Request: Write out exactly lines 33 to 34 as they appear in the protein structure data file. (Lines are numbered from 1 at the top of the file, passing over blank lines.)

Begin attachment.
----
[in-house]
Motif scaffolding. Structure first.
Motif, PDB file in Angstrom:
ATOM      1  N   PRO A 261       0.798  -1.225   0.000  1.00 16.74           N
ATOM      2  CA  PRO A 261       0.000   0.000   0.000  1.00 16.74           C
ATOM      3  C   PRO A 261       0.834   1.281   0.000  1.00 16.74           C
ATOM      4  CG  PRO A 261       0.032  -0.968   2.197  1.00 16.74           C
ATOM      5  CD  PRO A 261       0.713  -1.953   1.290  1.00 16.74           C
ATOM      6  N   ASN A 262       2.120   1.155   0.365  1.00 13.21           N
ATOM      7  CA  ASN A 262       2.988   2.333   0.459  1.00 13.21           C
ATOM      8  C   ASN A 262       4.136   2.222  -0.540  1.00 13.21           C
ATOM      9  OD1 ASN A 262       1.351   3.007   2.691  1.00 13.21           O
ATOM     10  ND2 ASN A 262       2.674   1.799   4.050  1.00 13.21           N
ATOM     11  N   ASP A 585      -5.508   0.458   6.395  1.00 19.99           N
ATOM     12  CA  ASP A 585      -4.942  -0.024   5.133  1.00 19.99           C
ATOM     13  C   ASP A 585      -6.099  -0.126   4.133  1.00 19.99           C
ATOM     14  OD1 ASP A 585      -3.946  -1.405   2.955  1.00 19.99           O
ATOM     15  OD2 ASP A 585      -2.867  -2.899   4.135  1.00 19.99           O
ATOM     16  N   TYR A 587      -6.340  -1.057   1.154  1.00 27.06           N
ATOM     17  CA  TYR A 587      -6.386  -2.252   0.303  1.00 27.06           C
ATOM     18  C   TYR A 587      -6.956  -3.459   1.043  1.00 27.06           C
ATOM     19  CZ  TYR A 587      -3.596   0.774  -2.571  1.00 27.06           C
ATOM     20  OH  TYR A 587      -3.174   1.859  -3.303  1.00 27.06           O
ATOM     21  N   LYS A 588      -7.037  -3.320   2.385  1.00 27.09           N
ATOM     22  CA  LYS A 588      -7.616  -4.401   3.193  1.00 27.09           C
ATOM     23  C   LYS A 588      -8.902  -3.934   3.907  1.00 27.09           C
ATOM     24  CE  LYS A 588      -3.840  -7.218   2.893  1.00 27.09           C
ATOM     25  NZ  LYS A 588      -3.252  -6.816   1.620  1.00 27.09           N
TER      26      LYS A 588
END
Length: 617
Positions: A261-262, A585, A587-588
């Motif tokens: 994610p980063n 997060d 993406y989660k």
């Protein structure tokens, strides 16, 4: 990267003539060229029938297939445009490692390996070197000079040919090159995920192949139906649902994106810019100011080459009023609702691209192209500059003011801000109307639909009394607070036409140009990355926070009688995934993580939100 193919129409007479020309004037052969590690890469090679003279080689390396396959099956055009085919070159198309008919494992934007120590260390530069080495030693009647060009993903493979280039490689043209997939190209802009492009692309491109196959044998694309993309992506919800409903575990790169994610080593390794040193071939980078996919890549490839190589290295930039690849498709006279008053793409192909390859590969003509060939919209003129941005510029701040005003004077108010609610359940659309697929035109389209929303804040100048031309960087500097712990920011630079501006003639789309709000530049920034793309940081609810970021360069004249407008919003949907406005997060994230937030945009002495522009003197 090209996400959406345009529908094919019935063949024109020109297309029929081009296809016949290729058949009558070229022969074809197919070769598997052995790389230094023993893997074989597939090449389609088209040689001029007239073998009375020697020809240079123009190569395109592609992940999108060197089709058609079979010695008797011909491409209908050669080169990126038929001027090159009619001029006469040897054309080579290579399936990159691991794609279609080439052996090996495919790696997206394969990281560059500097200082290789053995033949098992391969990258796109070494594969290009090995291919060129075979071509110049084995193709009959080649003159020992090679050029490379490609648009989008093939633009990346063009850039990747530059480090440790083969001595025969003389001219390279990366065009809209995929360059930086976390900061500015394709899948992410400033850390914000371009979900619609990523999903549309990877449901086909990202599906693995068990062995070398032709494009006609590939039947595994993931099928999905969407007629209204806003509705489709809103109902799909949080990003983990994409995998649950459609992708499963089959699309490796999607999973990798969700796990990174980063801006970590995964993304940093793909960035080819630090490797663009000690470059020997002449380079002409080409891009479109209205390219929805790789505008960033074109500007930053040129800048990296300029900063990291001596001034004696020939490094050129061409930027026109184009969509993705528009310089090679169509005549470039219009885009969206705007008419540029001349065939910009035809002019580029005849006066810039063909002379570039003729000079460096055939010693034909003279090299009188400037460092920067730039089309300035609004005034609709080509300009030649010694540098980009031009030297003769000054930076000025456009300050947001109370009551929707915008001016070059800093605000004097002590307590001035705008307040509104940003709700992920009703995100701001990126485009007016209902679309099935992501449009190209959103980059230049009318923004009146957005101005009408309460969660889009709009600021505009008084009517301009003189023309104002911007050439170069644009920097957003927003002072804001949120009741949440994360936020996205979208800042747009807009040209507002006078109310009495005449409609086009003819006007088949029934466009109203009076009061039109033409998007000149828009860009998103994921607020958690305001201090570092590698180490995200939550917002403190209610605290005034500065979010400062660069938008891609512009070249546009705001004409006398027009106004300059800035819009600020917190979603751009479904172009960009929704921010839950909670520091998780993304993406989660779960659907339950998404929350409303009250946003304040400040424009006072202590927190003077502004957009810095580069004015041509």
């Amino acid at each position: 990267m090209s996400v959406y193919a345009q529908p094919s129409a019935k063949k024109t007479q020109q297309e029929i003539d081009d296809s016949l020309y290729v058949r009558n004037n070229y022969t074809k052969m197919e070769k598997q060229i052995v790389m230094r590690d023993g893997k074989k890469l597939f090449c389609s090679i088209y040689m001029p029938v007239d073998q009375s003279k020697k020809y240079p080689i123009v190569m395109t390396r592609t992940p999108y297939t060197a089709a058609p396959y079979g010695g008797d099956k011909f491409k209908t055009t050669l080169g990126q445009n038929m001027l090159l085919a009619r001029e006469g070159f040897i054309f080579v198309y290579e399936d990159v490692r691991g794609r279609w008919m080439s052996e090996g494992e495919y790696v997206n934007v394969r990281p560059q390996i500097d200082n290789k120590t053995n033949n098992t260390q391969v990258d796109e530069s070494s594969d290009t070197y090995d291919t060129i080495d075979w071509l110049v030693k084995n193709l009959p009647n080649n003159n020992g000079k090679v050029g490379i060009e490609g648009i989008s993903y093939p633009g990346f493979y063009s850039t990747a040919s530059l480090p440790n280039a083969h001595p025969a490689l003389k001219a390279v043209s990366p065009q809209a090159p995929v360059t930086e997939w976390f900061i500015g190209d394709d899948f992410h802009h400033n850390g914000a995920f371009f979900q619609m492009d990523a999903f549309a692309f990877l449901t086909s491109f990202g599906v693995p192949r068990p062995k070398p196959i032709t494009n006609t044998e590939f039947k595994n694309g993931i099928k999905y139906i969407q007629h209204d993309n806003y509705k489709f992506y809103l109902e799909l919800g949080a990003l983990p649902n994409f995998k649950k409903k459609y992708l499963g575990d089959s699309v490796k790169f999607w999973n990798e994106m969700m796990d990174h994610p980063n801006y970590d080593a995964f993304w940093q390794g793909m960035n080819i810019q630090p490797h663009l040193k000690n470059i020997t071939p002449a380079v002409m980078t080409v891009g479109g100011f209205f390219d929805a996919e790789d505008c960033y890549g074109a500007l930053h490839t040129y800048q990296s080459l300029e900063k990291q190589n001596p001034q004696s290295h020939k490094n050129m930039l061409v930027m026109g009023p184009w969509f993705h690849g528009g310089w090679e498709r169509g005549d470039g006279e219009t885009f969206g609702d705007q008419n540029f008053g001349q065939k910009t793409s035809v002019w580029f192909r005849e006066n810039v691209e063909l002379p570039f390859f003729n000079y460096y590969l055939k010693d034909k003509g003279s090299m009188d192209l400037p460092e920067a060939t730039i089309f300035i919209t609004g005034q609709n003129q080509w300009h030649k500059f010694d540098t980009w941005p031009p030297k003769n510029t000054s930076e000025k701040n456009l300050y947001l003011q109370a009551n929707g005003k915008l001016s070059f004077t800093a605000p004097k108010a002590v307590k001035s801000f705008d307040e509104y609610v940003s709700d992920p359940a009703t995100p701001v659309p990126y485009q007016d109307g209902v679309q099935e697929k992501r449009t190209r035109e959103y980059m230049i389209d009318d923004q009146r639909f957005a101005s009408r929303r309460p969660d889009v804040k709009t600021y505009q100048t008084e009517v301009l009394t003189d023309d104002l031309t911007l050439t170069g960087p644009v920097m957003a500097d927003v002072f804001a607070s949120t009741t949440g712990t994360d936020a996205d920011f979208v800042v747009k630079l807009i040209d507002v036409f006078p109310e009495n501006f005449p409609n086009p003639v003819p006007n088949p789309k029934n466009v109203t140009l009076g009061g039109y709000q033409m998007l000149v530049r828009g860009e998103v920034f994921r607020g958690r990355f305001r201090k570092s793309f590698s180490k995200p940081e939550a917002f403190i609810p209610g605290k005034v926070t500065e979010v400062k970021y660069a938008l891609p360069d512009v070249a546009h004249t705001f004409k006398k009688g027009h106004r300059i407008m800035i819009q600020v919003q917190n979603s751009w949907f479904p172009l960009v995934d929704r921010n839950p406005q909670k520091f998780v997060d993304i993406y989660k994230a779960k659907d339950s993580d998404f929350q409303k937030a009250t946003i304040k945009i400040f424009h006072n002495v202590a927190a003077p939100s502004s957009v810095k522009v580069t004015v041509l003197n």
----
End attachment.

């Motif tokens: 994610p980063n 997060d 993406y989660k």
């Protein structure tokens, strides 16, 4: 990267003539060229029938297939445009490692390996070197000079040919090159995920192949139906649902994106810019100011080459009023609702691209192209500059003011801000109307639909009394607070036409140009990355926070009688995934993580939100 193919129409007479020309004037052969590690890469090679003279080689390396396959099956055009085919070159198309008919494992934007120590260390530069080495030693009647060009993903493979280039490689043209997939190209802009492009692309491109196959044998694309993309992506919800409903575990790169994610080593390794040193071939980078996919890549490839190589290295930039690849498709006279008053793409192909390859590969003509060939919209003129941005510029701040005003004077108010609610359940659309697929035109389209929303804040100048031309960087500097712990920011630079501006003639789309709000530049920034793309940081609810970021360069004249407008919003949907406005997060994230937030945009002495522009003197 090209996400959406345009529908094919019935063949024109020109297309029929081009296809016949290729058949009558070229022969074809197919070769598997052995790389230094023993893997074989597939090449389609088209040689001029007239073998009375020697020809240079123009190569395109592609992940999108060197089709058609079979010695008797011909491409209908050669080169990126038929001027090159009619001029006469040897054309080579290579399936990159691991794609279609080439052996090996495919790696997206394969990281560059500097200082290789053995033949098992391969990258796109070494594969290009090995291919060129075979071509110049084995193709009959080649003159020992090679050029490379490609648009989008093939633009990346063009850039990747530059480090440790083969001595025969003389001219390279990366065009809209995929360059930086976390900061500015394709899948992410400033850390914000371009979900619609990523999903549309990877449901086909990202599906693995068990062995070398032709494009006609590939039947595994993931099928999905969407007629209204806003509705489709809103109902799909949080990003983990994409995998649950459609992708499963089959699309490796999607999973990798969700796990990174980063801006970590995964993304940093793909960035080819630090490797663009000690470059020997002449380079002409080409891009479109209205390219929805790789505008960033074109500007930053040129800048990296300029900063990291001596001034004696020939490094050129061409930027026109184009969509993705528009310089090679169509005549470039219009885009969206705007008419540029001349065939910009035809002019580029005849006066810039063909002379570039003729000079460096055939010693034909003279090299009188400037460092920067730039089309300035609004005034609709080509300009030649010694540098980009031009030297003769000054930076000025456009300050947001109370009551929707915008001016070059800093605000004097002590307590001035705008307040509104940003709700992920009703995100701001990126485009007016209902679309099935992501449009190209959103980059230049009318923004009146957005101005009408309460969660889009709009600021505009008084009517301009003189023309104002911007050439170069644009920097957003927003002072804001949120009741949440994360936020996205979208800042747009807009040209507002006078109310009495005449409609086009003819006007088949029934466009109203009076009061039109033409998007000149828009860009998103994921607020958690305001201090570092590698180490995200939550917002403190209610605290005034500065979010400062660069938008891609512009070249546009705001004409006398027009106004300059800035819009600020917190979603751009479904172009960009929704921010839950909670520091998780993304993406989660779960659907339950998404929350409303009250946003304040400040424009006072202590927190003077502004957009810095580069004015041509």